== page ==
Age discrimination is a real problem, and older workers often have a more difficult time securing employment than younger workers.
Some companies fear that older workers command higher salaries and are therefore un-affordable, while others may believe that older employees have outdated knowledge that’s no longer applicable in today’s fast-paced world. Unfortunately, these myths prevent companies from taking advantage of the many benefits older workers have to offer.
Experience Can’t Be Learned
While it may be true that older workers sometimes don’t have the most up-to-date knowledge about emerging technologies, these things can be taught. What can’t be taught is the 20 to 30 years of on-the-job experience older workers have that younger employees lack.
Older Workers Know Exactly What They Want
Older job-seekers are often searching for work to fulfill a passion and not necessarily for the financial or health benefits. Some are looking for ways to fill up their time and earn some extra money, while others might be seeking to feed a passion. That’s why some older workers are drawn to jobs such as dog sitting.
Most importantly, they are more likely to take a job because it’s what they want to do, and they’re less likely to be on the lookout for the next big opportunity. In other words, when they accept a responsibility, they’re probably planning to stick around for a while.
Senior Employees Have Strong Leadership Skills
Leadership comes naturally for some, but it’s often a skill that is refined with time. Older workers, therefore, often make exceptional leaders – either officially or unofficially – in the workplace. Whether you have an older employee managing a team or your younger staff naturally look to your more experienced staff for guidance, odds are you’ll get a sense of the strong leadership traits most professionals develop through decades of work experience.
How to Support Your Older Workforce Members
One of the best ways to support older workers is to let them know that you recognize their value. Seniors often struggle to secure employment, which can leave even the most seasoned professional feeling outdated and undervalued.
One way to demonstrate your appreciation of the knowledge they bring to the table is to offer opportunities for them to share the knowledge they’ve gained through the years with the younger members of your workforce. New team member? Pair them up as a mentor and let your senior staffers show them the ropes. Let them lead a workshop on dealing with the unique personalities common to your industry, a skill many older workers have mastered through the years.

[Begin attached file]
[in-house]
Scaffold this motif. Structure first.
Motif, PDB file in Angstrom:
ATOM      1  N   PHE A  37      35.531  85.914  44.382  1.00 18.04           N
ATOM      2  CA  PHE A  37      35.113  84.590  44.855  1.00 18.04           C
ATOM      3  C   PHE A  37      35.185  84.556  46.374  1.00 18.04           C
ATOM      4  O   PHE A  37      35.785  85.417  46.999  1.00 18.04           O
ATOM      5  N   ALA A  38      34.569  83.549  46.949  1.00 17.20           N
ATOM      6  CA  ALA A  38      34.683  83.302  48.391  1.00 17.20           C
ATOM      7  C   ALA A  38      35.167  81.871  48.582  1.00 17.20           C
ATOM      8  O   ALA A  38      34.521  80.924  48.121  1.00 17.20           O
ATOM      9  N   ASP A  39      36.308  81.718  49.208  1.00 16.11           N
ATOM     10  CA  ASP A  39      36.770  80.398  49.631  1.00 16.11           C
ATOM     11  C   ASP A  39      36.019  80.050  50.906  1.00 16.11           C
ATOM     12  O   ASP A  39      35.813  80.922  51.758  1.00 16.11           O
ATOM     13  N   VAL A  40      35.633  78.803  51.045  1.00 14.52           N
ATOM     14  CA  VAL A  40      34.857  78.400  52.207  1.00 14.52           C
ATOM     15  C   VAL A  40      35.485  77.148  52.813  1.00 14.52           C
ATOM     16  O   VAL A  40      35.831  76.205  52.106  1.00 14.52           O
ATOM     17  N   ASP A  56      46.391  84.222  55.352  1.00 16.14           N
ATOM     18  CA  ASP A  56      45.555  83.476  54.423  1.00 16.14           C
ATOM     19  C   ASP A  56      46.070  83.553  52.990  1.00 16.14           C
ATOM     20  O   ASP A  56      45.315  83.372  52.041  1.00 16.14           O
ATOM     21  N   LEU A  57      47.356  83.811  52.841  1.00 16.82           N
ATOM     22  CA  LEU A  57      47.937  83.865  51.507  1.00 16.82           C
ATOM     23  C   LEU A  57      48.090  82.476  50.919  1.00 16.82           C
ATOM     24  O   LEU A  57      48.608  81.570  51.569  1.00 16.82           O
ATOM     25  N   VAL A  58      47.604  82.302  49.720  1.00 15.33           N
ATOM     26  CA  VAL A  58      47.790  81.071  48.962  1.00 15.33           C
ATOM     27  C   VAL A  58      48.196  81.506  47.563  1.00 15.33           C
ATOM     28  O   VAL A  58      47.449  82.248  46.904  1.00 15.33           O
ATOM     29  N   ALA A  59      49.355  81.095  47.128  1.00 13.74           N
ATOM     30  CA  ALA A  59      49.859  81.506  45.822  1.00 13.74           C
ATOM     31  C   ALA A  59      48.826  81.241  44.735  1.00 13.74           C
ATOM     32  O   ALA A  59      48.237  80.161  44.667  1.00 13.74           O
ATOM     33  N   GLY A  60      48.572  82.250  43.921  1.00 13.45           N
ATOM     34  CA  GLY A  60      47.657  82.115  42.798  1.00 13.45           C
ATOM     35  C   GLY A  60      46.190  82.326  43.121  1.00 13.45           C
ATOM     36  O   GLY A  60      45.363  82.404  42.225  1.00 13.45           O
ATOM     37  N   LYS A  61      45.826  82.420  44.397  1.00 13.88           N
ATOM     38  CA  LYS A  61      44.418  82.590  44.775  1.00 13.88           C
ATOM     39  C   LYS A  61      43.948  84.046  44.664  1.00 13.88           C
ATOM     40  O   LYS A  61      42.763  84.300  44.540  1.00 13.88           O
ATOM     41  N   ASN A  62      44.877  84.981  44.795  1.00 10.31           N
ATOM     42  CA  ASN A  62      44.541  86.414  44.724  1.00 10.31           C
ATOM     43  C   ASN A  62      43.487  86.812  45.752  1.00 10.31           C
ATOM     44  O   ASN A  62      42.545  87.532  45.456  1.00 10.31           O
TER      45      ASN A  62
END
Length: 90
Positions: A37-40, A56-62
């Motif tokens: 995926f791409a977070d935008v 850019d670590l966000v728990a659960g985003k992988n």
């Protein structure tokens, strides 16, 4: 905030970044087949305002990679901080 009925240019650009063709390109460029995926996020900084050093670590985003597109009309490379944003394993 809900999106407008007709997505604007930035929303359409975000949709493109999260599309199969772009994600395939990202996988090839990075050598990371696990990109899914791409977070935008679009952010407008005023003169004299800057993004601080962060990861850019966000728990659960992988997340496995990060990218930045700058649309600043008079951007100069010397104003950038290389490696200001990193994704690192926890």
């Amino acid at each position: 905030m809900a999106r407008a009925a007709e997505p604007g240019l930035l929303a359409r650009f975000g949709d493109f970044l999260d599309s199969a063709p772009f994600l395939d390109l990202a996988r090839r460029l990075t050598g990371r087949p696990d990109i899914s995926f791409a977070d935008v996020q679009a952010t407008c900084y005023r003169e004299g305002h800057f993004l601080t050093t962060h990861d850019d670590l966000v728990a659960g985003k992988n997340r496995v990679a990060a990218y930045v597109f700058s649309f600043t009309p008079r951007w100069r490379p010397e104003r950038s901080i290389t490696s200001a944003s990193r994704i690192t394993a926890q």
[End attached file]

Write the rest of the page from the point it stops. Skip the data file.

It’s also helpful to offer flexible work options. Sometimes, seniors are seeking part-time employment rather than a full-time commitment. If you can work out a flexible arrangement, it becomes mutually beneficial: you get to put your senior worker’s skills and expertise to use, while they get to work in a job they love without sacrificing the joy of more free time that comes with retirement.
Simply demonstrating how much you value their expertise can go a long way in cultivating loyalty and employee satisfaction.
And of course, satisfied, happy employees lead to satisfied, loyal customers.
The benefits of hiring older workers are many, but companies that place value on their senior workforce and show them they’re appreciated are giving them just as much in return.
For many retirees, there’s great joy in pursuing a career they truly enjoy and being able to continue to make a valuable contribution in the workforce.
Image via Pixabay by khsmiley
By the Same Author: Advice for Caregivers: How to Know if Your Senior Loved One is Depressed – By Jim Vogel
Jim Vogel and his wife, Caroline, created ElderAction.org after they began caring for their ailing parents. Through that rewarding and sometimes difficult process they’ve learned a lot about senior care and specifically the need for more effective senior mental health and support. Their site offers elder-positive resources and other helpful information on aging. In his spare time, Jim loves fishing, reading, and spending time with his kids.